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Japan and China partner on clean alternative for natural gas

  • December 26, 2021
  • , Nikkei Asia , 7:15 a.m.
  • English Press

JUNTARO ARAI, Nikkei staff writer

 

TOKYO — Japan and China will work together to develop a renewable alternative to natural gas for industrial and household use.

 

Japanese engineering company Hitachi Zosen and China’s Yulin Chemical will oversee the trial project in an industrial park in Shaanxi Province, aiming to start operations by 2025.

 

Hitachi Zosen will build a plant that produces methane — the main component of so-called city gas — from hydrogen and carbon dioxide, which will be supplied from local factories by Yulin Chemical.

 

The project is part of an initiative set for approval Monday at a bilateral forum on energy conservation and the environment, backed by Japan’s Ministry of Economy, Trade and Industry and China’s National Development and Reform Commission.

 

The plant, capable of producing 500 cu. meters of synthetic methane an hour, will be among the largest of its kind. Plans call for eventually raising output to 5,000 cu. meters.

 

Hitachi Zosen’s methane synthesis equipment: The hydrogen and carbon dioxide will be supplied from local factories in an industrial park in Shaanxi Province. (Photo by Rimi Inomata)
 

Hitachi Zosen has proprietary catalytic technology for producing methane. And with China striving to become carbon-neutral by 2060, the company aims for commercialization by 2030 to take advantage of the burgeoning market. It will seek to team up with local renewable energy operators and look for candidate sites.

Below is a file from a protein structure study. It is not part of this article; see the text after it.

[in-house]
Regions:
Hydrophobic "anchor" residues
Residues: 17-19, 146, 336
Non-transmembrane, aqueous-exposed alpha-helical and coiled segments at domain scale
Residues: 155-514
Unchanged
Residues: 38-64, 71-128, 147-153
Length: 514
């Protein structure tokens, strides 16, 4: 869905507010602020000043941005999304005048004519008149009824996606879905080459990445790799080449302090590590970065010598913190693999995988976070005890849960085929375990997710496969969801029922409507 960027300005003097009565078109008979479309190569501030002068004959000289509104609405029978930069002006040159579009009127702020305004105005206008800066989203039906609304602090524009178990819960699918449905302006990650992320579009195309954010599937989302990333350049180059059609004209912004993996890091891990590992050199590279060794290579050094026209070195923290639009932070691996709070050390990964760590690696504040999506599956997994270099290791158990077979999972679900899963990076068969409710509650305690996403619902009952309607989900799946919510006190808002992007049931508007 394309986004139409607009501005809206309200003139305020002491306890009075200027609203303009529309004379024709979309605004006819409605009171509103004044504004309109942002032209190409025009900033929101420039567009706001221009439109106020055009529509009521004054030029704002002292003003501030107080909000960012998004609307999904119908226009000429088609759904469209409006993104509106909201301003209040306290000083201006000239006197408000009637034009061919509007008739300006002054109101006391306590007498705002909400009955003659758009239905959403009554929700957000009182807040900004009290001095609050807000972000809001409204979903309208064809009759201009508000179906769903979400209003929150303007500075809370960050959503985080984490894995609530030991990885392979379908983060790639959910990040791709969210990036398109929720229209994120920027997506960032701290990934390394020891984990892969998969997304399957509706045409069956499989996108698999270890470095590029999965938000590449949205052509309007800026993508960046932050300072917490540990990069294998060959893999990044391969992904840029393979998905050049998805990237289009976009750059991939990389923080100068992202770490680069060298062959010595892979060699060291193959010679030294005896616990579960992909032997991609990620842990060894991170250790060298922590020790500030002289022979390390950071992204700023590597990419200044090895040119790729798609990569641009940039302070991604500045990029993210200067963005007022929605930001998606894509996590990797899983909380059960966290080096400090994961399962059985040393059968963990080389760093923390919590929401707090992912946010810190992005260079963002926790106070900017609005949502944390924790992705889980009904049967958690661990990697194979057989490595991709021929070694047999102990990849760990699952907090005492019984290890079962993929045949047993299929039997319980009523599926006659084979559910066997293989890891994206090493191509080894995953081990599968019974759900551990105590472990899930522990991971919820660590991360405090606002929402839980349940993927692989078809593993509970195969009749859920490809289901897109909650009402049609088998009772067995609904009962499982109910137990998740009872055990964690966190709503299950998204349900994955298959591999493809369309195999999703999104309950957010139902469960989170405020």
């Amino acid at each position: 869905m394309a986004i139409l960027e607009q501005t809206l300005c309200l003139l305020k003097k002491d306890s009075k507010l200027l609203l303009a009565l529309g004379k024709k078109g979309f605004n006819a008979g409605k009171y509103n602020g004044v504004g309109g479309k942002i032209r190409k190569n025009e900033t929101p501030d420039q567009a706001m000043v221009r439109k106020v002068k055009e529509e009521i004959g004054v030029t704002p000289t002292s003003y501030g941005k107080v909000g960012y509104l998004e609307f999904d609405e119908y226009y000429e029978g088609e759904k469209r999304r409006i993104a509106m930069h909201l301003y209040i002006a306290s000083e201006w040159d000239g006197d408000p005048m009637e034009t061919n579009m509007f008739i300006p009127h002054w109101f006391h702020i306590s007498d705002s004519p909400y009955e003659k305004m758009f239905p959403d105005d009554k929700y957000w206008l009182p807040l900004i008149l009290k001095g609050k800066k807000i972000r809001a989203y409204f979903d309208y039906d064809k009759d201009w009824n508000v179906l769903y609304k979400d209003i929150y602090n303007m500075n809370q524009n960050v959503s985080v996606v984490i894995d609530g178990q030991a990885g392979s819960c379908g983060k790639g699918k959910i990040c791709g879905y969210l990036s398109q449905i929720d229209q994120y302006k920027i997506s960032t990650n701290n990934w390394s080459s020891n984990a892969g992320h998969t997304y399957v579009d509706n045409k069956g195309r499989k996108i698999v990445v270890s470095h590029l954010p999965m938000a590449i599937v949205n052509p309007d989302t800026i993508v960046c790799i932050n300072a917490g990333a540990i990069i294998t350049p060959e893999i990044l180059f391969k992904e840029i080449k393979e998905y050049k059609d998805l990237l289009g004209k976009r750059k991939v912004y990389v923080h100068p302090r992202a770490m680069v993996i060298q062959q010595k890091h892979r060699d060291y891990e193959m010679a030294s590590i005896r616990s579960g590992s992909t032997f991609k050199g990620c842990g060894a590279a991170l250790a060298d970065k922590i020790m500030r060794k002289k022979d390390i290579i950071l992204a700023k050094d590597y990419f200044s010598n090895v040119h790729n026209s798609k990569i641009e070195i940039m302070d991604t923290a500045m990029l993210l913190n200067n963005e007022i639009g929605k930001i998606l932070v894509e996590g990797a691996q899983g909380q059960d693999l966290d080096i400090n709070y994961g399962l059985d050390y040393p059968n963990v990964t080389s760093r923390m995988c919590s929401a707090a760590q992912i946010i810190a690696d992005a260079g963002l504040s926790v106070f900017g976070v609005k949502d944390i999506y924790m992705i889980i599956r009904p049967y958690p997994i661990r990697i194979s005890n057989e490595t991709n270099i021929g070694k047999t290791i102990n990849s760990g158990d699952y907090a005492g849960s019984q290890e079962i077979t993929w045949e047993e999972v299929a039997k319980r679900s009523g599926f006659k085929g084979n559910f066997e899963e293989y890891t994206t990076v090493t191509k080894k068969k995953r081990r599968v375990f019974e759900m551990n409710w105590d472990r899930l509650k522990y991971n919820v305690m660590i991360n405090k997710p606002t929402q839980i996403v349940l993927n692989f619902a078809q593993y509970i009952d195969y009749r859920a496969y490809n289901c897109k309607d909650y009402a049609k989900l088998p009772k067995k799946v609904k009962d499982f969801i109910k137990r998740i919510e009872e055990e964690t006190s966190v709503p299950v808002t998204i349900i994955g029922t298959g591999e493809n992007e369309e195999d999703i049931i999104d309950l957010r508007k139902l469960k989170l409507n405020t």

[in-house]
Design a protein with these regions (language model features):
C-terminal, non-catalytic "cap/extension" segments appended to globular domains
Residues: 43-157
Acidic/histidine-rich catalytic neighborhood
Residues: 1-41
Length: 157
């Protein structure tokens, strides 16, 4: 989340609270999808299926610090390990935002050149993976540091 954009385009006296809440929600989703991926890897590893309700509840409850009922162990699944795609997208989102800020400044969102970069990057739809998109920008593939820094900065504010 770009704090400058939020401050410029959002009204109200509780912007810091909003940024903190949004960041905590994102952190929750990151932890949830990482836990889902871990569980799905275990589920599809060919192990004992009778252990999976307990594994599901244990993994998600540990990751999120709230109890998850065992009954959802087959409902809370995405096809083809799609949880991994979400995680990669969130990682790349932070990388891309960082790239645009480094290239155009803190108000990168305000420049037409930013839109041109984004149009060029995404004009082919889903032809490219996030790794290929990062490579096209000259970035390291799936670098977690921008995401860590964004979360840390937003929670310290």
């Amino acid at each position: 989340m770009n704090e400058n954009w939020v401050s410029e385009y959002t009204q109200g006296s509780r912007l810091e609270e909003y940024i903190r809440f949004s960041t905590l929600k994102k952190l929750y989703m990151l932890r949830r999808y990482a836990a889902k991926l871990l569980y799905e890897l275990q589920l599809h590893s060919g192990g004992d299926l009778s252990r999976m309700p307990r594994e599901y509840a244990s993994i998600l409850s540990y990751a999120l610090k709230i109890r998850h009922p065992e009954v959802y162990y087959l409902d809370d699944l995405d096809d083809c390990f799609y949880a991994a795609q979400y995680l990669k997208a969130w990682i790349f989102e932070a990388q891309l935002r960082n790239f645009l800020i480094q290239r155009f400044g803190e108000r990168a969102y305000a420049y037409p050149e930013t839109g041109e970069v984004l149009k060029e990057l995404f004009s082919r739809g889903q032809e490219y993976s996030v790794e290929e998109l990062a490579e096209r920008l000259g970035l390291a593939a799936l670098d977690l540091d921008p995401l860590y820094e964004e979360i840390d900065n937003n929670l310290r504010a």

Natural gas in China is priced at slightly over 2 yuan ($0.30) per cu. meter. Methane is currently several times more expensive. The trial project makes use of the hydrogen and CO2 produced as a byproduct of factory activity, paving the way for profitability. Recycling the CO2 reduces greenhouse gas emissions as well.

 

METI estimates the cost of producing hydrogen from natural gas overseas at 11.5 yen ($0.10) per cu. meter, with green hydrogen costing even more. Reducing this cost will hold the key to the project.

 

Many renewable energy sites operate in China’s interior. Tapping into the surpluses faced by some regional operators would help lower procurement costs.

 

Hitachi Zosen, together with Japanese material maker Toray, also aims to lower the cost of equipment for producing green hydrogen. METI has set a goal of reducing the cost to a sixth of current levels by 2030 and will provide funding through its 2 trillion yen fund to support decarbonization technologies.

 

Demand has yet to grow for hydrogen itself as a power source, such as for electricity or cars. Converting to methane opens the door to utilizing the existing gas pipelines to supply factories and other clients. It is seen as a promising bridge until hydrogen fuel goes mainstream.

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